The set-top box is dead; long live the home gateway

Jim BartholdThe set-top box has become the most hated device since HBO adopted Videocipher, and it appears to be on its way out.

Predictions of its death are rising by the earnings call. But what might be dying is not so much the device as the way the device was originally envisioned. The set-top box as protector of content and changer of channels is probably dead--or sucking in its last breaths.

The home gateway, its next iteration, is alive, well and worming its way into residences. At least that seemed to be the underbelly of the messages coming out from a variety of sources last week.

Time Warner Cable's (NYSE: TWC) Glenn Britt took pride in explaining how his MSO's true purpose in life is to deliver high-speed broadband services and again proclaimed that advanced consumer electronics were going to kill the set-top box. Maybe not tomorrow, he was cautious enough to say, but the end is near.

Ken Morse, CTO of Cisco's (Nasdaq: CSCO) Service Provider Technology group, speaking at a Light Reading-sponsored conference, made Scientific-Atlanta veterans shudder when he announced that "Set-tops are clearly moving to the point where they are either a piece of software that lives in another device or they're virtualized totally in the cloud."

And Motorola Mobility (NYSE: MMI), a company built on cable boxes--the bread and butter of the former General Instrument--now made it clear that it's mostly involved with building and selling cellphones. Cable boxes admittedly make money but, as Chairman-CEO Sanjay Jha made clear during an earnings conference call, Motorola's focus is bigger than a box on top of the television set and its R&D efforts are going towards "investing in the transformation to an all-IP network and cloud-based multi-screen consumer experiences."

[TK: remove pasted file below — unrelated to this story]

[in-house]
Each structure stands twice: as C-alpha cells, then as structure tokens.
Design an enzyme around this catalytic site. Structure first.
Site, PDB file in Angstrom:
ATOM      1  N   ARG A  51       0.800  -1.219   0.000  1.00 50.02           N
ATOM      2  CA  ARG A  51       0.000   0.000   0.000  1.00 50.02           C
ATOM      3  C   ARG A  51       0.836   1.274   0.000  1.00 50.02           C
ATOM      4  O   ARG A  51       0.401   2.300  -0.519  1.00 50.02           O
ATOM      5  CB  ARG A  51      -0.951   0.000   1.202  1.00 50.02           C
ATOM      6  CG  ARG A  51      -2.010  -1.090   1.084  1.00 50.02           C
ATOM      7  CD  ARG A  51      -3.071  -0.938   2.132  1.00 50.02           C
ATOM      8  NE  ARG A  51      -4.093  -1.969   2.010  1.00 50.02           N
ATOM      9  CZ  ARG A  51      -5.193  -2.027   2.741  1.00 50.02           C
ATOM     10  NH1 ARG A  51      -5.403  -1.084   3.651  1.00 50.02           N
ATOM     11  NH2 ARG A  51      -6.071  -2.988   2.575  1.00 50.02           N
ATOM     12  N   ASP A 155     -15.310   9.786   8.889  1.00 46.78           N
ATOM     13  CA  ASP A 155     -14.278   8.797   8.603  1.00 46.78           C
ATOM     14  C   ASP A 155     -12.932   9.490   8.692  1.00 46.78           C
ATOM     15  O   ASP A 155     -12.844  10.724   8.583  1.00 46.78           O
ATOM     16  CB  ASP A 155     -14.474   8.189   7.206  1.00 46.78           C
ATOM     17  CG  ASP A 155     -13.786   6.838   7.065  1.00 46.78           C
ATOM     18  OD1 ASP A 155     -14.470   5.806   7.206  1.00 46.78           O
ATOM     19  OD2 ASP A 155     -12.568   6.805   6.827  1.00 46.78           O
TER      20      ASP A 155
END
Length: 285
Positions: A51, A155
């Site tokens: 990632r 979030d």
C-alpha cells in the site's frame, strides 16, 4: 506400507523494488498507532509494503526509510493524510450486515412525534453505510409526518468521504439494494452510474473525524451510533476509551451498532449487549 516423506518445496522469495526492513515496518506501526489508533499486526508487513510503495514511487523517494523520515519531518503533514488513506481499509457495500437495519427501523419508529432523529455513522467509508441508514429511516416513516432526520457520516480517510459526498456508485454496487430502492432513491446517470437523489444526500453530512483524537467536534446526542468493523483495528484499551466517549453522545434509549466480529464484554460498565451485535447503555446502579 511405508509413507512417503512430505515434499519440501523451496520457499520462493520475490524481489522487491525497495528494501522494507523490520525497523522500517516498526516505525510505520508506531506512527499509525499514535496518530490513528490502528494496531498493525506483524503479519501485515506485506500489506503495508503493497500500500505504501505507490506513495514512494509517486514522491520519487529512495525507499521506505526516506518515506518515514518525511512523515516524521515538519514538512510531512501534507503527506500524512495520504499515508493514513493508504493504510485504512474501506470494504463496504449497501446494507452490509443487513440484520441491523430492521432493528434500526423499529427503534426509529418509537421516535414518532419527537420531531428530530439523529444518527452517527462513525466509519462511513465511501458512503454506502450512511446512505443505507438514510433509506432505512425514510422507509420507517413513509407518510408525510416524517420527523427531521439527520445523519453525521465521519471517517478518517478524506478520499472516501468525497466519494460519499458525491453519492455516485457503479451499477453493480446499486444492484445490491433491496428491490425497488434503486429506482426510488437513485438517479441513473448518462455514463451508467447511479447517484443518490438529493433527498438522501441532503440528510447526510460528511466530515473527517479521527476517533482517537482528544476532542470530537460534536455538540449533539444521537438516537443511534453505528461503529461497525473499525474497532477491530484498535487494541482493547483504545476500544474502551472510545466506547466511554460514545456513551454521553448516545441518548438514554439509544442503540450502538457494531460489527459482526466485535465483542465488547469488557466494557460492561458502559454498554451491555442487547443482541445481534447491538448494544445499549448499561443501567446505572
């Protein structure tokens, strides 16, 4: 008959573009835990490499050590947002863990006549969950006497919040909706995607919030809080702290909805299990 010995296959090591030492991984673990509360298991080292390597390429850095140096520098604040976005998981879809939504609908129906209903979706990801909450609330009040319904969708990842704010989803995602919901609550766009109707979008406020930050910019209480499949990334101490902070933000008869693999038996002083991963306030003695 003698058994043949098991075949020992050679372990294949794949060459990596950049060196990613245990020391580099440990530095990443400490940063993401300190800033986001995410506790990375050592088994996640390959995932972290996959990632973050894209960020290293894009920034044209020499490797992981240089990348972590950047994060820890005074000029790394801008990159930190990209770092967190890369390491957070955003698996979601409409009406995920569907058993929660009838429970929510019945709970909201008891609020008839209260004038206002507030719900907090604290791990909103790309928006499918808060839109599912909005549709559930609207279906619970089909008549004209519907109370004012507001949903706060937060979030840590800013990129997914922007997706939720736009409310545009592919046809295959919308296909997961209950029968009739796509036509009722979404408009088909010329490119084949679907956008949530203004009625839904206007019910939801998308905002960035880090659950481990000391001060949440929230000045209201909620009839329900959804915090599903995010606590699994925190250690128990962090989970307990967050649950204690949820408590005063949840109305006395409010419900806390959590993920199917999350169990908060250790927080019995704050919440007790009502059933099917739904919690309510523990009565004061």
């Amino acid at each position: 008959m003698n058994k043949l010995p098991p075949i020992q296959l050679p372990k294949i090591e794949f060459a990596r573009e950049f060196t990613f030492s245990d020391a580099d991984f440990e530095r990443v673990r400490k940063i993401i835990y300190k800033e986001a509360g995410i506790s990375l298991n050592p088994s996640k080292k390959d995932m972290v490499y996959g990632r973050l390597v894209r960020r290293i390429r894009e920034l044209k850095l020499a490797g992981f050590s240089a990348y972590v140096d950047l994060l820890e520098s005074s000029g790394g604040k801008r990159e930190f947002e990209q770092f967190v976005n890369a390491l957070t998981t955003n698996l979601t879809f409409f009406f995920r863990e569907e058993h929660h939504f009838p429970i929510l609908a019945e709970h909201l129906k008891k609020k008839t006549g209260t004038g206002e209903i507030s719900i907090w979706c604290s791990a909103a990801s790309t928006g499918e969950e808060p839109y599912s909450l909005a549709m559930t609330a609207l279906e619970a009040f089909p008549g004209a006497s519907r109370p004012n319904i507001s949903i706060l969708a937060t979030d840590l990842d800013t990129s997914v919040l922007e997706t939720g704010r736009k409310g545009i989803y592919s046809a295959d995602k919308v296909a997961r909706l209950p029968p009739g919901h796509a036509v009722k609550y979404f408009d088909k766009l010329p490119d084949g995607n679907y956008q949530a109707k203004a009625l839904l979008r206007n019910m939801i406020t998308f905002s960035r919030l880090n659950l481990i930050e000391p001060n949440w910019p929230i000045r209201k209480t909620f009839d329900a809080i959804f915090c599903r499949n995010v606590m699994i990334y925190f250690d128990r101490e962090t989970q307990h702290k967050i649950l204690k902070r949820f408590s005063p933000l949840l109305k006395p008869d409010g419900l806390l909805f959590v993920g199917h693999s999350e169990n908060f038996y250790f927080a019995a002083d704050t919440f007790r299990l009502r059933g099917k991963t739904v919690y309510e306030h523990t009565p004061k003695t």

So that's it. The cable box is dead. The FCC doesn't need to worry about opening it up because those who use it and build it don't want it. It's an artifact from the past: a way to change channels, to protect content that's now freely available from the Internet and multiple other sources, and to extract a monthly fee from consumers who hate the device with a passion usually reserved for the New York Yankees.

The problem with writing that obituary is that as long as pay TV provides make the effort to protect their content--and because it is pay TV they will always make an effort to protect content--something will have to do the job. It may not be a set-top box as configured today, but frankly, those monstrous consumer electronics devices that cable operators have been providing to their subscribers are hardly set-top-sized boxes anyway. When was the last time you saw a cable box sitting on top of flat screen TV?

If sitting on top of a TV is the criterion, cable "set-tops" have been dead longer than unmetered Internet access. That's not the point. To protect the service and to facilitate new services, there must be a device between the TV and the viewer. It could be a gaming box--certainly Microsoft is looking at TV yet again. It could be a computer or some other such device fueled by Google or Apple. It could be a tablet or a telephone. It might not be a set-top box--but then again it might be the latest iteration of a set-top box--a "home gateway" that controls not only the television but the computer, the tablet and other devices around the home.

The guess here is that the set-top is going to go the way of the converter box. It will still be there in some form; it will just have another name and, eventually, its own standard or loathing.--Jim